How to Save Money on Household Medical Expenses

Running a household is fraught with major expenses. Not only do you have a mortgage or lease to contend with (and the attendant cost of utilities), you also have to pay for food, clothing, and transportation for adults and children alike. And while you can plan for these expenses with a fair amount of accuracy, it is the unexpected costs that can wreak havoc on your tight budget. One of the most potentially catastrophic concerns is the health and well-being of your family members. When it comes to the high cost of medical expenses, especially those that pop up unexpectedly, you can quickly find yourself deep in debt with no means to pay. So if you’re looking for ways to save when it comes to the medical needs of your family (known or unknown), here are a few tips to help you cut back.

1. Insurance. This is a pretty obvious first step. And yet, many adults continue to go uninsured, virtually betting that they won’t suffer a major injury or illness that could ruin them financially. Admittedly, the cost of health insurance is pretty steep, especially if your employer doesn’t offer a benefits package that will allow you to pay less. And if you’re a relatively healthy, fit, and active adult, the chances that you will need it are reduced. However, you may want to look into state-subsidized insurance options, which will allow you to greatly reduce your in-office costs, take advantage of cheap or even free medical procedures (especially preventive visits), and cover the entire family for less.

2. Preventive care. It can be difficult to shell out for yearly exams and dental cleanings for the whole family if you don’t have insurance, but consider the alternative. Suppose that your child gets a cavity or an abscessed tooth. The cost will be many times what you would have paid for cleanings. And if you fail to undergo regular mammograms, for example, you could end up with a cancerous tumor. Do you know how much it costs to treat cancer? Tens (potentially hundreds) of thousands of dollars. You’ll wish you had paid a couple hundred dollars for the early detection then. And again, many of these preventive procedures are offered for free (or low cost) under state health care (depending on the state).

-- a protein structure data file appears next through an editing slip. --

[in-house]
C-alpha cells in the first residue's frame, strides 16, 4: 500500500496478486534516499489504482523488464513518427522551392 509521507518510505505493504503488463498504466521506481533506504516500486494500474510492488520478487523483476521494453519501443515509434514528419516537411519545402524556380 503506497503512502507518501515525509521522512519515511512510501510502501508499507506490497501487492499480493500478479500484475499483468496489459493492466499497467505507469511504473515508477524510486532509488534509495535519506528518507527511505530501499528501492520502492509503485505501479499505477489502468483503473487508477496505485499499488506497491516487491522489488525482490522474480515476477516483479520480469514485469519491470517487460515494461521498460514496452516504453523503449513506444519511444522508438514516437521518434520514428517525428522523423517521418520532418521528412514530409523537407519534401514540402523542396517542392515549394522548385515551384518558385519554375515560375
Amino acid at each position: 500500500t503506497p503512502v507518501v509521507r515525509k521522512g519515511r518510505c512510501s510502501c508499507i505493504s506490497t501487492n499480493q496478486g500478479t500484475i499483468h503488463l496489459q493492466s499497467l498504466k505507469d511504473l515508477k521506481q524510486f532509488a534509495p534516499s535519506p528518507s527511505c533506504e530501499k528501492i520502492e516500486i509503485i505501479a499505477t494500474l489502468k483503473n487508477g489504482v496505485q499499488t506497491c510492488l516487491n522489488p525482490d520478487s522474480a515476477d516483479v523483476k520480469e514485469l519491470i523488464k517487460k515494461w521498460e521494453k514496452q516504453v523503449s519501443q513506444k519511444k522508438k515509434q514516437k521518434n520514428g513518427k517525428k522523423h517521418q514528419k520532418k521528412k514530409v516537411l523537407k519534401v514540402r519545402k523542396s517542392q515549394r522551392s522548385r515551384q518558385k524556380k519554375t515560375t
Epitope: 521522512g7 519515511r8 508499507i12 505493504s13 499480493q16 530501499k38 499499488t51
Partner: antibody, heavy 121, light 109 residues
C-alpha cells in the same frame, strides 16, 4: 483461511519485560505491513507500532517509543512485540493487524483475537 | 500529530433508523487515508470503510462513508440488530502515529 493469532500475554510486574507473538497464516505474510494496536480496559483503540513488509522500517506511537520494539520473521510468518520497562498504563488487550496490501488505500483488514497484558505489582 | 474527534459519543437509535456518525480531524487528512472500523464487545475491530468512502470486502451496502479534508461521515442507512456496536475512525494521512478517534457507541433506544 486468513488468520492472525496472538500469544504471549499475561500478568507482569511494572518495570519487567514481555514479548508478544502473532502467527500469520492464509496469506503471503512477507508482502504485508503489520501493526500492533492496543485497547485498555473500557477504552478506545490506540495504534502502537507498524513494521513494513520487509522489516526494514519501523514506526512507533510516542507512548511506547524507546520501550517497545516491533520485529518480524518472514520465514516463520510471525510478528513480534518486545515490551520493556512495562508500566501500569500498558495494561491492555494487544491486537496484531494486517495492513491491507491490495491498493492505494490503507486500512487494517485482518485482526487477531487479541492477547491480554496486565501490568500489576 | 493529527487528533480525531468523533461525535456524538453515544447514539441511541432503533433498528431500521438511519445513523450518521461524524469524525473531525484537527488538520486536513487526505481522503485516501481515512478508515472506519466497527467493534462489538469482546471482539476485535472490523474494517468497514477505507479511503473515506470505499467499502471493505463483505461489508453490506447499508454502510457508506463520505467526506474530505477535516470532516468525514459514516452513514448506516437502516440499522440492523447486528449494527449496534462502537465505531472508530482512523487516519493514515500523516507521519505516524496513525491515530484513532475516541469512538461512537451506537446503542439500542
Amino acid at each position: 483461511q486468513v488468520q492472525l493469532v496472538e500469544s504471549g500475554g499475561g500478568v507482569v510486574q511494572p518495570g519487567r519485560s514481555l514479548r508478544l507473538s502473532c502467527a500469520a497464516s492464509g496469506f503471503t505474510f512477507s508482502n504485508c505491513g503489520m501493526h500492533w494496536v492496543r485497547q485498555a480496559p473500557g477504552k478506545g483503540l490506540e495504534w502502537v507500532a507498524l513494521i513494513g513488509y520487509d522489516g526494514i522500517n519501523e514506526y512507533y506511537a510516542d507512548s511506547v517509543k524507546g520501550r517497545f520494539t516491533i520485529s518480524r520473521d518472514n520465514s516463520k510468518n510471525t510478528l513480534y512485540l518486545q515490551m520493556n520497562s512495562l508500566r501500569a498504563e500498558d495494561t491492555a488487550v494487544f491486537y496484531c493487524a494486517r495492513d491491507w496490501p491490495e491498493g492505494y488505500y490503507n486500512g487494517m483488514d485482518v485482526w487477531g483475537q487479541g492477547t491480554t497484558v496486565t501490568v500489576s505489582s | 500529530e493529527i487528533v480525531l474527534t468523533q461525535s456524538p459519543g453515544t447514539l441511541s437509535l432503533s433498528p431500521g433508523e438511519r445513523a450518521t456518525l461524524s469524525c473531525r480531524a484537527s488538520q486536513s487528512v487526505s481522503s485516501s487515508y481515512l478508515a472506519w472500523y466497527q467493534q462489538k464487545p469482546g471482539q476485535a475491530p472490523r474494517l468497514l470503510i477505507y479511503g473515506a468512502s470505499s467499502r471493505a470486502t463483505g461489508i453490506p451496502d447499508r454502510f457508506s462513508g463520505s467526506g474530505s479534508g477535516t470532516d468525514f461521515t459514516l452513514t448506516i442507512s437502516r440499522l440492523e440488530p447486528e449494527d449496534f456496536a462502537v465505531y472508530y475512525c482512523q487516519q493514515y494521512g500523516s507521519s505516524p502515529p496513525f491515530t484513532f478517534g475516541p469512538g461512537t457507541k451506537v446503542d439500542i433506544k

3. Pay cash, try clinics. If you have a physician that you just love, but you can’t afford visits anymore because you have lost your insurance coverage, try talking to him/her about alternative payment options. Many offices are willing to reduce the cost of visits (by as much as half) for uninsured patients that pay cash. As an alternative, you may want to skip medical practices and opt for visits to the clinic instead, where services are cheaper because they are often performed by nurses instead of doctors, and costs are subsidized by the government. You should also use urgent care facilities instead of the ER whenever possible.

4. Haggling. For those who are already burdened by extreme medical bills, there are ways to cut them down significantly, but you’ll need to put on your haggling hat. Make an appointment with someone in the hospital’s financial department to discuss your situation. Let them know that you would like to pay, but you just don’t have the money. In most cases you can secure a reduction in what is owed (anywhere from 20-50%, or possibly even more, depending on the facility and the procedures performed). You can also work out a payment plan that will fit your budget. The hospital just wants to recoup whatever they can.

5. Prescriptions assistance. One area of ongoing concern for many families is the high cost of prescriptions. While you may be able to opt for less expensive alternatives like different brands or generics, this isn’t always possible. In this case, you can either search a US online pharmacy (or international online pharmacies) for deals, or seek out prescription assistance programs that will help to cover some of your out-of-pocket costs.

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